Forget your age. Everybody’s moment comes. Be ready for it, enjoy it but don’t rush it or long for it. Keep writing. Try different forms of writing from poetry to prose and essay writing. Read widely. After you get a rejection letter from the Arts Council force yourself to write a note to thank them and then while you’re on the computer get back to work.
What work of art would you most like to own?
Some of Alice Munro’s original collections of short stories. One of Ian Dury’s shirts or guitar!
What’s the biggest myth about writing/the creative process?
That writing is easy or glamorous. The writer may have these attributes but writing and the art of writing is rigid, messy and unforgiving.
What are you working on now?
Three pieces for theatre. Protegee which is a piece inspired by Colum McCann’s novel “Zoli” about a female Roma poet, based on the real life poet Papusza in Poland during the 1940s.
“ Mainstream” an old fashioned love story.
“Chapter 13” which documents institutional abuse towards disabled people here in Ireland.
What is the piece of art/novel/collection/ you wish you’d created?
Colum McCann’s novel “Zoli”. Zadie Smith’s novel “ On Beauty” and one item of Vivienne Westwood’s haute couture collection.
What do you wish you’d known when you were starting out?
Representation. The burden of representation is ever present. The pressure internally to encapsulate elements of the Traveller aesthetic while honouring disability culture. The binary position. If I write about Travellers or disabled people mainstream critics say I’m insular. While my instinct to encompass characters with impairments is strong, I attempt badly to ignore this urge. Then audiences & critics from the disability community reprimand me. Nobody told me that representation is such a critical part of theatre.
What’s your greatest ambition?
To continue to value my independence. Cherish my own bodily integrity and to believe my mantra“ I’m good enough, smart enough, strong enough”.
How do you tackle lack of confidence, doubt, or insecurity?
Today brings with it it’s own joys and confusions. Do the work. Trust the work. Insecurity and lack of confidence keeps the edge off your ego and hopefully helps bring a measure of humility.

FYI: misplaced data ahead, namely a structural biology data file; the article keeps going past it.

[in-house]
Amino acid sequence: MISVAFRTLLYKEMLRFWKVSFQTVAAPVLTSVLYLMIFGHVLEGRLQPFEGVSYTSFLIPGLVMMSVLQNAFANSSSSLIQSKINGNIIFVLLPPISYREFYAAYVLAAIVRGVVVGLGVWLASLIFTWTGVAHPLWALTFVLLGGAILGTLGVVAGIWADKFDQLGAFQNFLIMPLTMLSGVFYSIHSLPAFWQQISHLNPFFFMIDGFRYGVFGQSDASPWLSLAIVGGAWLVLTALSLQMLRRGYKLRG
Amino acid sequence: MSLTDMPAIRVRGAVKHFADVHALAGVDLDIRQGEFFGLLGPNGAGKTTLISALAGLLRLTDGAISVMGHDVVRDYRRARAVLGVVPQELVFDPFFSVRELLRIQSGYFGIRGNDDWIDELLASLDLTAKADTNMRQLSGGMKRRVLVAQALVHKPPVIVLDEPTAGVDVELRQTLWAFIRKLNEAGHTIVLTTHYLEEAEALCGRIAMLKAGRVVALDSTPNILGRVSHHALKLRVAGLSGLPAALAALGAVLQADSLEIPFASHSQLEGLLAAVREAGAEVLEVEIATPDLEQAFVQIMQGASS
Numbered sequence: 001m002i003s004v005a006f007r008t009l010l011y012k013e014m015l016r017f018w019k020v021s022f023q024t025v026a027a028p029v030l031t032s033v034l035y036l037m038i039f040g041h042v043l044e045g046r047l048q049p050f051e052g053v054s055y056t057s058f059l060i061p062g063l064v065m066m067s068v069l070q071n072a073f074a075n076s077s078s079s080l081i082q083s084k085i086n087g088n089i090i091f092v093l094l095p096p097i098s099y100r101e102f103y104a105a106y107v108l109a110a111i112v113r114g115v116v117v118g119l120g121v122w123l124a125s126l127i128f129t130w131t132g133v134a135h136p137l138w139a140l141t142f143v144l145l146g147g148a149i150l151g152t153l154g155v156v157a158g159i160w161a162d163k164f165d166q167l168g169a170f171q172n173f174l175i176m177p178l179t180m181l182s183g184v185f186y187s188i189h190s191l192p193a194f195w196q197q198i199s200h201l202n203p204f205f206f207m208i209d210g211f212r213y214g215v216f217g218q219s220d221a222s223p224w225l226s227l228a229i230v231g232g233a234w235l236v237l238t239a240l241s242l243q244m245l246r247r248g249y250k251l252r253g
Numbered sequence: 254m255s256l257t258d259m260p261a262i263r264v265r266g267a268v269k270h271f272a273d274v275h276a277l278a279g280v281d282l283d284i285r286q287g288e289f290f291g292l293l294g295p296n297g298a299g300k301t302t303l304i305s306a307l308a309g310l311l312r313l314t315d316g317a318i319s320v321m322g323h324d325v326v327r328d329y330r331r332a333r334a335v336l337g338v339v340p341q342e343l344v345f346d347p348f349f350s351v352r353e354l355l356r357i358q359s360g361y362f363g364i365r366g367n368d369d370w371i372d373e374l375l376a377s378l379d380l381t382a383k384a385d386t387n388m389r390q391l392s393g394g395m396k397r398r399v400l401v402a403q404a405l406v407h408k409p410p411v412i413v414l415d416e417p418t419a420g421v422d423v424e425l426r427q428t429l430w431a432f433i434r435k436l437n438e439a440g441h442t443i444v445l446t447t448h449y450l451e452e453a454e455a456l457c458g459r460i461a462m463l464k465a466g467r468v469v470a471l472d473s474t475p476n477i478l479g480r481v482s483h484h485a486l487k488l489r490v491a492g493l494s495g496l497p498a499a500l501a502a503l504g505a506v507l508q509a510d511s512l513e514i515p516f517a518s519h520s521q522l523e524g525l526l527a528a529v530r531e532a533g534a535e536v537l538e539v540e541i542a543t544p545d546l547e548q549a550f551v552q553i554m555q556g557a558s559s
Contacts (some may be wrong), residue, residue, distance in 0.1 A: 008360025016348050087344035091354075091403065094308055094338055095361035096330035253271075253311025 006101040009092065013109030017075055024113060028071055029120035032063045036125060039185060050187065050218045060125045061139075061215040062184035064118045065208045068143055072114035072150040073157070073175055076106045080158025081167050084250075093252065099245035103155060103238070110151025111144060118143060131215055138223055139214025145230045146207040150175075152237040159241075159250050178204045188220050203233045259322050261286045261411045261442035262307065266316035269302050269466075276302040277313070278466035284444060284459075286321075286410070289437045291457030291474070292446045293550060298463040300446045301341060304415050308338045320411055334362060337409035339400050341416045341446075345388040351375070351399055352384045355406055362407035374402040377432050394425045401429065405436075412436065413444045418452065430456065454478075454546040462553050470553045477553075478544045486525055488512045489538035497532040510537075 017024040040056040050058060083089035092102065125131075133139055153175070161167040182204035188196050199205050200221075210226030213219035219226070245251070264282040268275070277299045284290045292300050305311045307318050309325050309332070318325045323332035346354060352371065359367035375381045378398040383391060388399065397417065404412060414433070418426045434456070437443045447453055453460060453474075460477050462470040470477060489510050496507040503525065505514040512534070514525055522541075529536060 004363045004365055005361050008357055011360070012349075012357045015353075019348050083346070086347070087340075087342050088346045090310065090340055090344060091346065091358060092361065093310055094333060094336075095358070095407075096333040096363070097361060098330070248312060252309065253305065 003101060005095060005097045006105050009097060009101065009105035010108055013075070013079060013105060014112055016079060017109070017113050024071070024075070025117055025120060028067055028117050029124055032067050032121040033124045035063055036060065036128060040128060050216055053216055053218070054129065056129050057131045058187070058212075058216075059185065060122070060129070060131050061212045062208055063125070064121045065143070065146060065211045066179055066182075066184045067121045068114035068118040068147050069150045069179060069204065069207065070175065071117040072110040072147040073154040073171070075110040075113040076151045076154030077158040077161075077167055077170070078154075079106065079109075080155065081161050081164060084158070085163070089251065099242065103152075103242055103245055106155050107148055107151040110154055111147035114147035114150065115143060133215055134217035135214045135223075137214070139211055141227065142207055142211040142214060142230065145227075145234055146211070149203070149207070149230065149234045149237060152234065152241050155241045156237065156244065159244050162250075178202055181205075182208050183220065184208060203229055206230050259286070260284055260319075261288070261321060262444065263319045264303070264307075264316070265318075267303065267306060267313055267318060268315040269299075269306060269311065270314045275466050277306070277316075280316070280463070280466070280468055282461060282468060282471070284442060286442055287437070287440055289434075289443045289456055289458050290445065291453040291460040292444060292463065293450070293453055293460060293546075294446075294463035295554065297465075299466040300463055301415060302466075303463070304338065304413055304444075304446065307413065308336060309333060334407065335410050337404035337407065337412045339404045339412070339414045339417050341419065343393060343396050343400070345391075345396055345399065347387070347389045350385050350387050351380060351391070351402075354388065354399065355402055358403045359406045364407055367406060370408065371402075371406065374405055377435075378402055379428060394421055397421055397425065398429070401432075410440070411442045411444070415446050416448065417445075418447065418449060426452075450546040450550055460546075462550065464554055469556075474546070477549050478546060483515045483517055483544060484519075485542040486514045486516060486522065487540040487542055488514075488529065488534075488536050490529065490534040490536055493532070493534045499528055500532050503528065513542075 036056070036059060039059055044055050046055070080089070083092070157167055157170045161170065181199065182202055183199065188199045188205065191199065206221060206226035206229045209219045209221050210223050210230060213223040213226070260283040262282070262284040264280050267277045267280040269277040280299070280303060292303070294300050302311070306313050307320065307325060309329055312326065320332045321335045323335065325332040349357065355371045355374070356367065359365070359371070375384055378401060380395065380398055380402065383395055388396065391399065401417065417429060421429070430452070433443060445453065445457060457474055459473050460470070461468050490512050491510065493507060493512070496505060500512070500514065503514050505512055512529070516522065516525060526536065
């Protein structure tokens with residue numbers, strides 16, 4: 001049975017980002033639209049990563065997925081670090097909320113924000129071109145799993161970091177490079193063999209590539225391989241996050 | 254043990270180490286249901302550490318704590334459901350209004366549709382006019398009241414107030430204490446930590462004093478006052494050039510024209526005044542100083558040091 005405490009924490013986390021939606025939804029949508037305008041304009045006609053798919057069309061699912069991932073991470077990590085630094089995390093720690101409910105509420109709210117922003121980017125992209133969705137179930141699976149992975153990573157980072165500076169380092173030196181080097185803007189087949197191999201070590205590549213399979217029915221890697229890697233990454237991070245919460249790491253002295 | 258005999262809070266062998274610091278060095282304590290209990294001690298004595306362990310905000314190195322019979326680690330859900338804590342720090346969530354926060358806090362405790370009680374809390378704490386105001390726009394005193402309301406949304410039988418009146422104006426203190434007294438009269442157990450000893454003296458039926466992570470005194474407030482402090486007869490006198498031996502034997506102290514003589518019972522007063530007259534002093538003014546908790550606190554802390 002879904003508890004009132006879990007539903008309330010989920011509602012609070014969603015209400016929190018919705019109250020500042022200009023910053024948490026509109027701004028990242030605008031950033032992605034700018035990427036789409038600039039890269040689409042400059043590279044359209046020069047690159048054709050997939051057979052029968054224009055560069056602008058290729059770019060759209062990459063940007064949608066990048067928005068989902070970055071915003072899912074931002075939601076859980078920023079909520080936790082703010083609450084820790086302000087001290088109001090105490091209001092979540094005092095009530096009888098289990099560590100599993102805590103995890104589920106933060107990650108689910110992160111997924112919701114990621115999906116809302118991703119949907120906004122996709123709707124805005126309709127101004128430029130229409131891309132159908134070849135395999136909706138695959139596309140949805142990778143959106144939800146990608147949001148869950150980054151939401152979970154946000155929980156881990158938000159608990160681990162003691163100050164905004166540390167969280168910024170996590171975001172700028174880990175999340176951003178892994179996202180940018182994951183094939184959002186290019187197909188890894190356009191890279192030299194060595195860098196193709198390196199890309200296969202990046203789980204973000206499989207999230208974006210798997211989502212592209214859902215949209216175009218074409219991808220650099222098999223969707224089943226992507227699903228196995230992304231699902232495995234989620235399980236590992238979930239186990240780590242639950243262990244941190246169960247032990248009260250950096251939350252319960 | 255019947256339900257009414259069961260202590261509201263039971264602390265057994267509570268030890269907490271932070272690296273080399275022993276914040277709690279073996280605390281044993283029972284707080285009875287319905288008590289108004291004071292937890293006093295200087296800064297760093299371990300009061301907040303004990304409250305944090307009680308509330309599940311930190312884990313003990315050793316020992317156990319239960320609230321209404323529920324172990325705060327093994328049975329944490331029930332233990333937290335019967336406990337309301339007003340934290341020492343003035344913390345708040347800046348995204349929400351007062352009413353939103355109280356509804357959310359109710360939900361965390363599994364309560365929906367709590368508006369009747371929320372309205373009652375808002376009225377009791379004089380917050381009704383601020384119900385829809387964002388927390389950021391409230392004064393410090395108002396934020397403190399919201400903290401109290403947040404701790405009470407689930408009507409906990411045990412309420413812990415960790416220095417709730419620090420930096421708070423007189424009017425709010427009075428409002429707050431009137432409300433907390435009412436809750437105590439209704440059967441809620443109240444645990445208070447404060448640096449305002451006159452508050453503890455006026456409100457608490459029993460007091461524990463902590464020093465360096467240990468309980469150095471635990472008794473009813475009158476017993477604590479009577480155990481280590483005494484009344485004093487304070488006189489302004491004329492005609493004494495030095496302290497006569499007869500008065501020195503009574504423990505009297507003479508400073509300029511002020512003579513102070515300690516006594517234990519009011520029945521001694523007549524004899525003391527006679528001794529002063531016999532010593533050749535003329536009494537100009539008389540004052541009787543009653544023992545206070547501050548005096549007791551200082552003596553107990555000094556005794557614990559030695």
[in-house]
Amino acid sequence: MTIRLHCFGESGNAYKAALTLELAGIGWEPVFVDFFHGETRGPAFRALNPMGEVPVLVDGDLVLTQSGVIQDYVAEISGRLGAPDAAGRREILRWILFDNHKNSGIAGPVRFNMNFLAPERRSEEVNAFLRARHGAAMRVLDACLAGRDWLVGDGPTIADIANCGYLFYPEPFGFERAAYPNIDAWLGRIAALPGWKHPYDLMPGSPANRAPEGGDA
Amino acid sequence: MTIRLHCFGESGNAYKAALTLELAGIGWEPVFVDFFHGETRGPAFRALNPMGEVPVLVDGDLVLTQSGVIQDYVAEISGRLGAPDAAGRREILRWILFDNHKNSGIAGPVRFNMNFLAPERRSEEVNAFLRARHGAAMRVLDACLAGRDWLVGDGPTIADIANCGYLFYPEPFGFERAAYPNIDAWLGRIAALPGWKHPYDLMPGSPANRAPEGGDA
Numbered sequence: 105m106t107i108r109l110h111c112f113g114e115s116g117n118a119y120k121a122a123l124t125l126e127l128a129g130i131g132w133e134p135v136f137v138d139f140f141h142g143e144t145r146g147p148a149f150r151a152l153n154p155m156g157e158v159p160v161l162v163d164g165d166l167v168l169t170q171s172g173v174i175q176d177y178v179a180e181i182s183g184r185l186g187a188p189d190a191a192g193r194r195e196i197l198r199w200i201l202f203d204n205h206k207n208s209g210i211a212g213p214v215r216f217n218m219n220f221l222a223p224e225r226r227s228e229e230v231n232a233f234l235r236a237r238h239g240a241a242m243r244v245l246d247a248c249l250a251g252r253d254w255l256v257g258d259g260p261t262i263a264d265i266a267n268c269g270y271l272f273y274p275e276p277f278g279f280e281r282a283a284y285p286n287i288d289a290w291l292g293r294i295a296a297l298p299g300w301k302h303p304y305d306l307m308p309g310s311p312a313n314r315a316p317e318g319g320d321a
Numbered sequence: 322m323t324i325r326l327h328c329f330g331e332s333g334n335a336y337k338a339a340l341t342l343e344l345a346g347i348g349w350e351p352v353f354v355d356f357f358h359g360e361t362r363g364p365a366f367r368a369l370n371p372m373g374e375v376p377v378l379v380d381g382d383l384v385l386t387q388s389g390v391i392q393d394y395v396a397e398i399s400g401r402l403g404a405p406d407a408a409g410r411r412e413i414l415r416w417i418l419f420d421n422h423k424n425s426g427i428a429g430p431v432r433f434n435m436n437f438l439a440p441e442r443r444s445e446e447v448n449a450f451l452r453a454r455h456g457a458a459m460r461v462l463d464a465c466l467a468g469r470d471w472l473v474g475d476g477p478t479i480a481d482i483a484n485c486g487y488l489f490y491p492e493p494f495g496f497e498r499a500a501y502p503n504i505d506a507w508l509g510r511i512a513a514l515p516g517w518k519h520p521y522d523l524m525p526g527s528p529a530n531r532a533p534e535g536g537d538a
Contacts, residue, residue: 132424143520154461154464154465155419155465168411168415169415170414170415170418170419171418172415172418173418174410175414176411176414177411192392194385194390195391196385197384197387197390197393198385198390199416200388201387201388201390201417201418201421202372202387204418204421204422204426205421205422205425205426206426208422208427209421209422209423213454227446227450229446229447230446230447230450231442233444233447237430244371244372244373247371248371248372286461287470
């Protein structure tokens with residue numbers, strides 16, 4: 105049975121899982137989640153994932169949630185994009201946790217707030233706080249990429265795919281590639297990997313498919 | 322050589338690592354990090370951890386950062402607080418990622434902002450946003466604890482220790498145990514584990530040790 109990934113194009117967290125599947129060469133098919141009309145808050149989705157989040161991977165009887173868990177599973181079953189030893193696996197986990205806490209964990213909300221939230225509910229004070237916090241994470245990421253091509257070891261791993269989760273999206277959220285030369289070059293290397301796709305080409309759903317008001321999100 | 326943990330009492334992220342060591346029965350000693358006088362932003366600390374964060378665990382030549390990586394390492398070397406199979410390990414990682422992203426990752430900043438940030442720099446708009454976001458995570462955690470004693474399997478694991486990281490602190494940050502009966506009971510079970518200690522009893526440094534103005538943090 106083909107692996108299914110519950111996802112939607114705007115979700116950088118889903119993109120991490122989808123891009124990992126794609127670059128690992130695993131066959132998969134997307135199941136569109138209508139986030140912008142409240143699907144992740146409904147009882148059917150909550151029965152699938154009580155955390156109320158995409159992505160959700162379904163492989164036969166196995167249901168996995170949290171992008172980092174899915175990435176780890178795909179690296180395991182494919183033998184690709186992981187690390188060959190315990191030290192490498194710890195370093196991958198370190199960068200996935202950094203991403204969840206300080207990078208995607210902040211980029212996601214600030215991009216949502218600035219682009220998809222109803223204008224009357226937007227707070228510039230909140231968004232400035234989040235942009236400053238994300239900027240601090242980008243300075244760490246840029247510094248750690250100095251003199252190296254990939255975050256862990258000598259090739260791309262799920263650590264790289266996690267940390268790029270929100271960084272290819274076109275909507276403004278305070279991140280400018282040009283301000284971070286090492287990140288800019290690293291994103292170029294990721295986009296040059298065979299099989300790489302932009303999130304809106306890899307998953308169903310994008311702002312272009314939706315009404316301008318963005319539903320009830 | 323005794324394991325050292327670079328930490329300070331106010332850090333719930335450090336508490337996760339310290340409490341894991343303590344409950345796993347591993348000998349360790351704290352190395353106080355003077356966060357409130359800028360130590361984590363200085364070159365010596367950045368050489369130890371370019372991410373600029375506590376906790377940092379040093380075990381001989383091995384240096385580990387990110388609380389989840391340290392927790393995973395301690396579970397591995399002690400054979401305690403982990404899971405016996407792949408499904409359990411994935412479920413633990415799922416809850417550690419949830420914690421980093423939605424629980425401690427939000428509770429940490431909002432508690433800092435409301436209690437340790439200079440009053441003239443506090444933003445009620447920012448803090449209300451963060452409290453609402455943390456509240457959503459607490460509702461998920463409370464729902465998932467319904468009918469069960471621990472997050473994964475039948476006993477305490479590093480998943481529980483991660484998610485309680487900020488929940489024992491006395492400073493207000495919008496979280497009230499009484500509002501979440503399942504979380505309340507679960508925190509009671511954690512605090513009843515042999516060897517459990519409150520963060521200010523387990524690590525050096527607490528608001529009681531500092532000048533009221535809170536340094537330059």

What is the worst thing anyone said/wrote about your work?
The critic’s opinion was Traveller culture and heritage in all it’s form, oralism, telling stories and music has a linear position in mainstream Irish culture but maybe not on an Irish stage. The canon of Irish literature and theatre misappropriates Traveller culture as objects of settled writers and audiences curiosity. Everything Irish is rooted in Traveller culture but I would say that wouldn’t I?
And the best thing?
That I might have some potential.
If you were to create a conceit or metaphor about the creative process, what would it be?
My baby needs time and attention. Nourishment and space to grow or develop it’s own personality. My plays, my characters are my babies.
What is your philosophy or life motto?
Relax, relax. Francis Bacon’s quote comes to mind: “People say relax. What do they mean? I never understand this, where people relax their muscles and they relax everything – I don’t know how to do it. So it’s no use my talking about relaxation”. Attempting to relax, I murmur this quote and vaguely imagine what it would be like to be fully at ease with my Cerebral Palsy.
What is the single most important thing you’ve learned about the creative life?
How and when to be alone.
What is the answer to the question I should have – but didn’t – ask?
What’s it like being part of the first generation of Irish Travellers who has kicked back at cultural traditions and expectations of Traveller women? Sometimes it’s a lonely place to be. It can be frustrating and isolating. But then there are magic moments of profound excitement and sheer boldness and I love breaking all the rules and stereotypes.
Previous posts on the blog about or concerning Rosaleen:
A documentary about community worker, political activist and playwright Rosaleen McDonagh during the build up to her play ‘Stuck’ in the Project Arts Centre, Temple Bar. http://www.youtube.com/watch?v=qQLUwJuo5o4